Issue

Global Health: HIV/AIDS in the Caribbean

The Caribbean conjures up visions of sun, sand, and tourism to most, but with HIV rates second only to those of sub-Saharan Africa, these islands face a complex and disturbing set of circumstances in their fight against the AIDS epidemic.

Poor infrastructure, low-resources, and endemic poverty are commonalities shared by most of these island nations, while diverse histories, languages and cultures make each country's plight unique.

Through articles, photography and videos, as well as original poetry and music, HIV/AIDS in the Caribbean underscores both obstacles and successes. Reporting from Haiti, before and after the earthquake, highlights initial progress and devastating setbacks. In the Dominican Republic, Haitian immigrants living in a stateless limbo face discrimination and hostility, keeping health care for AIDS patients out of reach. And in Jamaica, stigma, homophobia, and anti-gay laws force the epidemic underground with disastrous results.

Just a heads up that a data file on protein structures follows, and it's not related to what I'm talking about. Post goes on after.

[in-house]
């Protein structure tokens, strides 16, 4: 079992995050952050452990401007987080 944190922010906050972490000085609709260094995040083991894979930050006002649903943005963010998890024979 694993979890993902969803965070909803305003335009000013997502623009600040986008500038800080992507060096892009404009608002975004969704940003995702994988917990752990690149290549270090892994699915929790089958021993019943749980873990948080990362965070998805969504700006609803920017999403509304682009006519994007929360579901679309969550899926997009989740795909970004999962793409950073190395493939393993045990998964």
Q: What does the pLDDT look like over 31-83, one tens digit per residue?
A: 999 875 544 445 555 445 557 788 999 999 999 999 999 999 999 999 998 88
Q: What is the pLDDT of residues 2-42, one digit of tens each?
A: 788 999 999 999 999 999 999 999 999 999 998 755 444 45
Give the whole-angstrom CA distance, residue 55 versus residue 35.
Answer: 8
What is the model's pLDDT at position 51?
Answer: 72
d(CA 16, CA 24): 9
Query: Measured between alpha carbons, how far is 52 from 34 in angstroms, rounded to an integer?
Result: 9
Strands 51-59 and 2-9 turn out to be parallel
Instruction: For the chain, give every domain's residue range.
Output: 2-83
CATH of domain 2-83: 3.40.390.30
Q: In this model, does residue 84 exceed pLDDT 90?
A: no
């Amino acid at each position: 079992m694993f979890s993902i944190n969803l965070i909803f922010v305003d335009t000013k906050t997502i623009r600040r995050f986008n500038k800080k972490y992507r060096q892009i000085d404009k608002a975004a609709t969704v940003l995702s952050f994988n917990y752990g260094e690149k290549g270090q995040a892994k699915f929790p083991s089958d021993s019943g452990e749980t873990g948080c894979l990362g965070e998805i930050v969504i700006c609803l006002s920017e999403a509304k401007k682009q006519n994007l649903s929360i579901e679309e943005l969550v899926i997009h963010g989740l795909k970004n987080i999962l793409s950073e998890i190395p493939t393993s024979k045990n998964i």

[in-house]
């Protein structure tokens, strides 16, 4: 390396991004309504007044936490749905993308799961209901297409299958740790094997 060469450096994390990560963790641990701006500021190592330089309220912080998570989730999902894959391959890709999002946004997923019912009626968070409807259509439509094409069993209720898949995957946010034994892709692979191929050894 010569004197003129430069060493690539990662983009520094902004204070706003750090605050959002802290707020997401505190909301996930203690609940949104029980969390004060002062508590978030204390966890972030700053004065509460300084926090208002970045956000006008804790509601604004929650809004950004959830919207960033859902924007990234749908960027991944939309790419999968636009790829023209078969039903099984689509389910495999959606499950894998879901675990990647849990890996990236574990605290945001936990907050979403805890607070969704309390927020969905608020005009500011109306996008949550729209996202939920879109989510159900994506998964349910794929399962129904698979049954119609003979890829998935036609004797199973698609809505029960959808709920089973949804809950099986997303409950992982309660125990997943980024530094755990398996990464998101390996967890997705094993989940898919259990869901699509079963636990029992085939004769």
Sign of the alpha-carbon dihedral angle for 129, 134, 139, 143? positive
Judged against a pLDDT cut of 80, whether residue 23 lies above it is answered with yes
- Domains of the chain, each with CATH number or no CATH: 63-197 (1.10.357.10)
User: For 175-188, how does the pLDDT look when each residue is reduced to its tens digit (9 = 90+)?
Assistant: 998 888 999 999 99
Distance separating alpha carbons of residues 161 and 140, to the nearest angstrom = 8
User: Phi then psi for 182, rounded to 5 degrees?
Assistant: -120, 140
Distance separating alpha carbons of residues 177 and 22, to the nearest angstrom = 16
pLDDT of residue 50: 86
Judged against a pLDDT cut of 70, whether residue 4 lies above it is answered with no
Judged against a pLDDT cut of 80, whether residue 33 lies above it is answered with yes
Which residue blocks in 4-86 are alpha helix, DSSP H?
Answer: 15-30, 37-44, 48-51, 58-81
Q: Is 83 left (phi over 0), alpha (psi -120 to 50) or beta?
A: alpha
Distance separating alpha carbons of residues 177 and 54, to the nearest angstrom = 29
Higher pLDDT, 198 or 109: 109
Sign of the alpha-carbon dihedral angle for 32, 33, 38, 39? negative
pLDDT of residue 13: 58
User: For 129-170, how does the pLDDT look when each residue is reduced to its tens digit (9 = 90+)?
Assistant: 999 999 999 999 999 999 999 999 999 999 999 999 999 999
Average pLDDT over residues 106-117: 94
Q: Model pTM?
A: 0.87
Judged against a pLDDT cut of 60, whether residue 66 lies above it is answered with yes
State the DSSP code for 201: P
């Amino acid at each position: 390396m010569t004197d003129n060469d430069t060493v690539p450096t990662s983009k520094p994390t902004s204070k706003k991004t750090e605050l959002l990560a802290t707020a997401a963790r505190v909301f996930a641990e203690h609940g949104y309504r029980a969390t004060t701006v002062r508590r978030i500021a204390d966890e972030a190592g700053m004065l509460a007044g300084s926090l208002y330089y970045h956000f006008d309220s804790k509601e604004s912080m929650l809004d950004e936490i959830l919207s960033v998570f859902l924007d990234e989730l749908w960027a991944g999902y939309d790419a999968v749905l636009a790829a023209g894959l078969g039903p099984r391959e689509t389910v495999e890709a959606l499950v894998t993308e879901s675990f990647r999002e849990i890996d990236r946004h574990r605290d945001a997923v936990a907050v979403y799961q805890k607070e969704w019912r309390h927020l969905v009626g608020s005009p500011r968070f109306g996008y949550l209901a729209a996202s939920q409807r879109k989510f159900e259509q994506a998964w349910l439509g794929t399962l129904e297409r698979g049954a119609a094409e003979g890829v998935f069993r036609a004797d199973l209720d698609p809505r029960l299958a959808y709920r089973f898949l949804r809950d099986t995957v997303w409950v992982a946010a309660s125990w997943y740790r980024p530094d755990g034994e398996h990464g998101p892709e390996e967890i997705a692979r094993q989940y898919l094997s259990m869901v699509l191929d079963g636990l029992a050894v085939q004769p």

Reporting from Pulitzer Center journalists paints a regional portrait of the epidemic, where culture and religion clash with the realities of homosexuality and commercial sex; and where the wealthiest and the poorest countries in the hemisphere meet in a tangled web of tourism, aid donations, domestic policy, and external expertise.

 

The Pulitzer Center's reporting on HIV/AIDS in the Caribbean was made possible with support from the MAC AIDS Fund.

Global Health: HIV/AIDS in the Caribbean

Stories of Rebuilding

GoTriad.com features "Voices of Haiti," a multi-media presentation with poems by Kwame Dawes, photographs by Andre Lambertson, and music by composer Kevin Simmonds and soprano Valetta Brinson.

Poet Kwame Dawes Visits Banneker High School

On Friday, December 17, Kwame Dawes, a poet, professor, and Pulitzer Center grantee, visited Benjamin Banneker Academic High School in Washington D.C.. During the visit, Dawes shared his latest project, "Voices from Haiti," an exploration of Haiti one year after the devastating January 2010 earthquake.

Haiti, After the Quake

When high school seniors from the School Without Walls in Washington, DC were asked what they've heard lately about Haiti by visiting Pulitzer Center journalists, they responded, "not much." Almost 10 months after the earthquake, media attention on Haiti has faded. The country's struggles have not.